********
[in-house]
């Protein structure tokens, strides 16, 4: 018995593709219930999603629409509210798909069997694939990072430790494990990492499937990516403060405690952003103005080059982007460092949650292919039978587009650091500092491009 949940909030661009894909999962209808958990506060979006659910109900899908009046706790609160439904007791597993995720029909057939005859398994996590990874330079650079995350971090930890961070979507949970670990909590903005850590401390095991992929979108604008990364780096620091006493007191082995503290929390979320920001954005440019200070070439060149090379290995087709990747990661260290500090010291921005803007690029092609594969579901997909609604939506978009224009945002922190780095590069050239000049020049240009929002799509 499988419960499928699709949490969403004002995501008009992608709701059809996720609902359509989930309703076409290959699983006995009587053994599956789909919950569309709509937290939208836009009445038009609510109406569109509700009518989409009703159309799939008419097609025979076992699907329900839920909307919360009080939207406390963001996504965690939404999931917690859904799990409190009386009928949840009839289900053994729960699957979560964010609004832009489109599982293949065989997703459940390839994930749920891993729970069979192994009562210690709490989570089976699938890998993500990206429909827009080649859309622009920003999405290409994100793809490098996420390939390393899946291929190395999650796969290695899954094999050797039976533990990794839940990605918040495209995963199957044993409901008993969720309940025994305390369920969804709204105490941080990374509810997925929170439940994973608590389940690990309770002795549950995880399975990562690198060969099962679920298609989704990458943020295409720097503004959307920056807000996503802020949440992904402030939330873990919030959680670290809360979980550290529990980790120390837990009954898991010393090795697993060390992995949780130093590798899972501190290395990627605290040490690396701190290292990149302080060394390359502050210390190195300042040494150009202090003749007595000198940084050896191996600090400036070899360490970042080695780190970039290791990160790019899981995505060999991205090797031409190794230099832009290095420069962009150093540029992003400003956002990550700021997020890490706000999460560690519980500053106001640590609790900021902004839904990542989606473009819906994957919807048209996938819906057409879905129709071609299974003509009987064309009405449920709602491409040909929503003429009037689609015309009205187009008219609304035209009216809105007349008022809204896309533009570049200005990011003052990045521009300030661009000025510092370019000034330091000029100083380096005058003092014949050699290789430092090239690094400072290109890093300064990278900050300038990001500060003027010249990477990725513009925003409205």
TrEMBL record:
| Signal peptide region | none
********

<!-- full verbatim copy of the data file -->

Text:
[in-house]
């Protein structure tokens, strides 16, 4: 018995593709219930999603629409509210798909069997694939990072430790494990990492499937990516403060405690952003103005080059982007460092949650292919039978587009650091500092491009 949940909030661009894909999962209808958990506060979006659910109900899908009046706790609160439904007791597993995720029909057939005859398994996590990874330079650079995350971090930890961070979507949970670990909590903005850590401390095991992929979108604008990364780096620091006493007191082995503290929390979320920001954005440019200070070439060149090379290995087709990747990661260290500090010291921005803007690029092609594969579901997909609604939506978009224009945002922190780095590069050239000049020049240009929002799509 499988419960499928699709949490969403004002995501008009992608709701059809996720609902359509989930309703076409290959699983006995009587053994599956789909919950569309709509937290939208836009009445038009609510109406569109509700009518989409009703159309799939008419097609025979076992699907329900839920909307919360009080939207406390963001996504965690939404999931917690859904799990409190009386009928949840009839289900053994729960699957979560964010609004832009489109599982293949065989997703459940390839994930749920891993729970069979192994009562210690709490989570089976699938890998993500990206429909827009080649859309622009920003999405290409994100793809490098996420390939390393899946291929190395999650796969290695899954094999050797039976533990990794839940990605918040495209995963199957044993409901008993969720309940025994305390369920969804709204105490941080990374509810997925929170439940994973608590389940690990309770002795549950995880399975990562690198060969099962679920298609989704990458943020295409720097503004959307920056807000996503802020949440992904402030939330873990919030959680670290809360979980550290529990980790120390837990009954898991010393090795697993060390992995949780130093590798899972501190290395990627605290040490690396701190290292990149302080060394390359502050210390190195300042040494150009202090003749007595000198940084050896191996600090400036070899360490970042080695780190970039290791990160790019899981995505060999991205090797031409190794230099832009290095420069962009150093540029992003400003956002990550700021997020890490706000999460560690519980500053106001640590609790900021902004839904990542989606473009819906994957919807048209996938819906057409879905129709071609299974003509009987064309009405449920709602491409040909929503003429009037689609015309009205187009008219609304035209009216809105007349008022809204896309533009570049200005990011003052990045521009300030661009000025510092370019000034330091000029100083380096005058003092014949050699290789430092090239690094400072290109890093300064990278900050300038990001500060003027010249990477990725513009925003409205």
TrEMBL record:
| Signal peptide region | none